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https://www.readbyqxmd.com/read/29022739/the-offender-job-search-self-efficacy-scale-development-and-initial-validation
#1
Femina P Varghese, Kendra M Anderson, Devon L Cummings, Erica Fitzgerald
The purpose of this study was to develop the Offender Job Search Self-Efficacy Scale (OFJSSE) for the specific job search needs of the criminal justice population. Participants were 249 male inmates within 2 years of release from a state correctional facility in the southern region of the United States who identified mostly as Caucasian (56.2%), single (62.2%), working-class (45.4%) men with a mean age of 36.27 years (SD = 10.38). Initial validation data are described, including results of an exploratory factor analysis...
October 12, 2017: Psychological Services
https://www.readbyqxmd.com/read/28985647/-expert-opinions-in-court-liability-of-the-expert
#2
Marcus Schiltenwolf, Nickolas Beckmann, Peter Gaidzik
Experts in criminal, civil and, increasingly, in social court cases have to present their expert opinions in court. This should be regarded not only as a burden, even if this may at times appear superfluous to the expert, perhaps because the discussion is mere repetition of the opinion he has already written, or because the questions appear to be biased against the expert. Nonetheless, the expert is always advised to appear calm and objective during the interrogation by judges and parties or participants and their legal representatives, and should not allow himself or herself to be provoked by questioning...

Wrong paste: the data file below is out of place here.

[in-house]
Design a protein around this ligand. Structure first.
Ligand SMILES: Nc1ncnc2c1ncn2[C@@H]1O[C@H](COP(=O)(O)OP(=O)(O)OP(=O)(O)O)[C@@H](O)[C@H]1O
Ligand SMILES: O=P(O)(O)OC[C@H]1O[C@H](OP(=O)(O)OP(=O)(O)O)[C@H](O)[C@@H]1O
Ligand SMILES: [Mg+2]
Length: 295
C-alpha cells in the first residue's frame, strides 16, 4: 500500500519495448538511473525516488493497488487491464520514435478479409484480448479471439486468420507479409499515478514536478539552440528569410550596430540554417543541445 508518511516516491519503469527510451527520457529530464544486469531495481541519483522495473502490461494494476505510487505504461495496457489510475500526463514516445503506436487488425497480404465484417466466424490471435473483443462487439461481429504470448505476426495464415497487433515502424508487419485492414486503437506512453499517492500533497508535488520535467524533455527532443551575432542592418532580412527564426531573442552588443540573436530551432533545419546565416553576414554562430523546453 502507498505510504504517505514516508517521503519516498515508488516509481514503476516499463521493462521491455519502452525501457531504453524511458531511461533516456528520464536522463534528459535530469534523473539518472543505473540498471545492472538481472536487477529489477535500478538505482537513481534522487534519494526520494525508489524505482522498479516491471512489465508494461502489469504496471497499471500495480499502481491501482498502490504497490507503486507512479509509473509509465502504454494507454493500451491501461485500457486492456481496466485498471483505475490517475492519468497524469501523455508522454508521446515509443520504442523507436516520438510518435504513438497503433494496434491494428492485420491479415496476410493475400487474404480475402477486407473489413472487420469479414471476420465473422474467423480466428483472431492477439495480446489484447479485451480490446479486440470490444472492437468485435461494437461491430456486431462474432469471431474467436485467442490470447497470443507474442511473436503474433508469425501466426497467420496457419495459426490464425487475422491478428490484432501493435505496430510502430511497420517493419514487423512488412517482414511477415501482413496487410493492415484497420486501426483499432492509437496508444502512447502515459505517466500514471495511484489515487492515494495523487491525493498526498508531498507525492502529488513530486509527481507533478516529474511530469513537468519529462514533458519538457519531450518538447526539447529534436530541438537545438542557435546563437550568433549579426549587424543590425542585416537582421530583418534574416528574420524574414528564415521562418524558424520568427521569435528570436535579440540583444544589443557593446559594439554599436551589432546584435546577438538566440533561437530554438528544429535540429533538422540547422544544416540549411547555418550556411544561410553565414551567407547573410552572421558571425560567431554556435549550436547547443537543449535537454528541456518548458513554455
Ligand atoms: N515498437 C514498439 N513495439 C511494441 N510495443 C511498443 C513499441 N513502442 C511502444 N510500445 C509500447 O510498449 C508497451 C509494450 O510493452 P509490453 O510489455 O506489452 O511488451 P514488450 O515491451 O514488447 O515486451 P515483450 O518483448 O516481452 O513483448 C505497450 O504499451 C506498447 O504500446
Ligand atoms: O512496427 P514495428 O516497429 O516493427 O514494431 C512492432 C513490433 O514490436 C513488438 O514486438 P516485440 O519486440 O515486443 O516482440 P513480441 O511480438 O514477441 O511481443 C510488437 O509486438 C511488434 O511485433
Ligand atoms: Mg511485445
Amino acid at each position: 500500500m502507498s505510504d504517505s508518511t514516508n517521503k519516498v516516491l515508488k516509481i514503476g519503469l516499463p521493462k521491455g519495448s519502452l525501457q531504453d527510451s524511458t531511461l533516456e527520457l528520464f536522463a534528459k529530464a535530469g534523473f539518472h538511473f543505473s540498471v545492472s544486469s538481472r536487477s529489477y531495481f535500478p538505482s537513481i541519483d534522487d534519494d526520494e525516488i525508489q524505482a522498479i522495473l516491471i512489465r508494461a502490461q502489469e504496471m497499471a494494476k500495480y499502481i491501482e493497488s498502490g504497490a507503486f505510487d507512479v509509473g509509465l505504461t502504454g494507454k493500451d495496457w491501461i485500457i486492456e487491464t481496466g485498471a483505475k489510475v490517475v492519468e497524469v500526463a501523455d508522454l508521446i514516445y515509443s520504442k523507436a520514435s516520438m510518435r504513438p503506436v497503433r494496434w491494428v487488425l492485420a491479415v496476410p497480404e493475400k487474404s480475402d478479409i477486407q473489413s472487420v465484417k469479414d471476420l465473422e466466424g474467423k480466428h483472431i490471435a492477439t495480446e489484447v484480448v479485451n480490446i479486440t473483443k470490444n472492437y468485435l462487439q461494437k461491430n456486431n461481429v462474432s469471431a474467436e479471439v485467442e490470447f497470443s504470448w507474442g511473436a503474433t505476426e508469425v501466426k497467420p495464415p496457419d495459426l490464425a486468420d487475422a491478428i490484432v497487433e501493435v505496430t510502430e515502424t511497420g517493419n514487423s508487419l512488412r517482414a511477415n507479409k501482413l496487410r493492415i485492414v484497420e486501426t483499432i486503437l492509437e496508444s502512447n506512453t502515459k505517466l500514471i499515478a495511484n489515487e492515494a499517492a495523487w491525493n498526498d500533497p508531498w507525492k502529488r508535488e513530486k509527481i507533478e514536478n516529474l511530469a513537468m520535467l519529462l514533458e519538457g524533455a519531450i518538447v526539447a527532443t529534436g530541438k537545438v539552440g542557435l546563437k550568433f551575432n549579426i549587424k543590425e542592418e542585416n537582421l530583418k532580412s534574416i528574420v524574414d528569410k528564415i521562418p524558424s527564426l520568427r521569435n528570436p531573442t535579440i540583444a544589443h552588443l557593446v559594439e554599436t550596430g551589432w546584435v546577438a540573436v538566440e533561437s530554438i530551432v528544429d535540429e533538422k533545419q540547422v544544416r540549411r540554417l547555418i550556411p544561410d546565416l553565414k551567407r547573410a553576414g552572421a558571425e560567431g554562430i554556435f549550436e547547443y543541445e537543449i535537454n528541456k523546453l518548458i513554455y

October 6, 2017: Zeitschrift Für Orthopädie und Unfallchirurgie
https://www.readbyqxmd.com/read/28945310/brain-structural-correlates-of-irritability-findings-in-a-large-healthy-cohort
#3
Bianca Besteher, Letizia Squarcina, Robert Spalthoff, Marcella Bellani, Christian Gaser, Paolo Brambilla, Igor Nenadić
Irritability and nonviolent aggression are common behavioral features across the population, yet there is limited neurobiological research into subclinical phenotypes representing the lower edge of a symptom continuum ranging from slight irritability to criminal violence. We studied brain structural correlates of irritability in a large healthy cohort to test the hypothesis of associations with fronto-limbic brain structures implicated in mood regulation. In a large multicenter effort, we recruited 409 mentally healthy adults from the community, who received T1-weighted high-resolution 3 T MRI scans...
September 25, 2017: Human Brain Mapping
https://www.readbyqxmd.com/read/28942287/the-costs-of-crime-associated-with-stimulant-use-in-a-canadian-setting
#4
Benjamin Enns, Emanuel Krebs, Kora DeBeck, Kanna Hayashi, M-J Milloy, Lindsey Richardson, Evan Wood, Bohdan Nosyk
BACKGROUND: Costs attributable to criminal activity are a major component of the economic burden of substance use disorders, yet there is a paucity of empirical evidence on this topic. Our aim was to estimate the costs of crime associated with different forms and intensities of stimulant use. METHODS: Retrospective cohort study, including individuals from three prospective cohorts in Vancouver, Canada, measured biannually (2011-2015), reporting stimulant use at baseline assessment...
September 14, 2017: Drug and Alcohol Dependence
https://www.readbyqxmd.com/read/28928168/factors-that-support-successful-transition-to-the-community-among-women-leaving-prison-in-british-columbia-a-prospective-cohort-study-using-participatory-action-research
#5
Patricia A Janssen, Mo Korchinski, Sarah L Desmarais, Arianne Y K Albert, Lara-Lisa Condello, Marla Buchanan, Alison Granger-Brown, Vivian R Ramsden, Lynn Fels, Jane A Buxton, Carl Leggo, Ruth Elwood Martin
BACKGROUND: In Canada, the number of women sentenced to prison has almost doubled since 1995. In British Columbia, the rate of reincarceration is 70% within 2 years. Our aim was to identify factors associated with recidivism among women in British Columbia. METHODS: We prospectively followed women after discharge from provincial corrections centres in British Columbia. We defined recidivism as participation in criminal activity disclosed by participants during the year following release...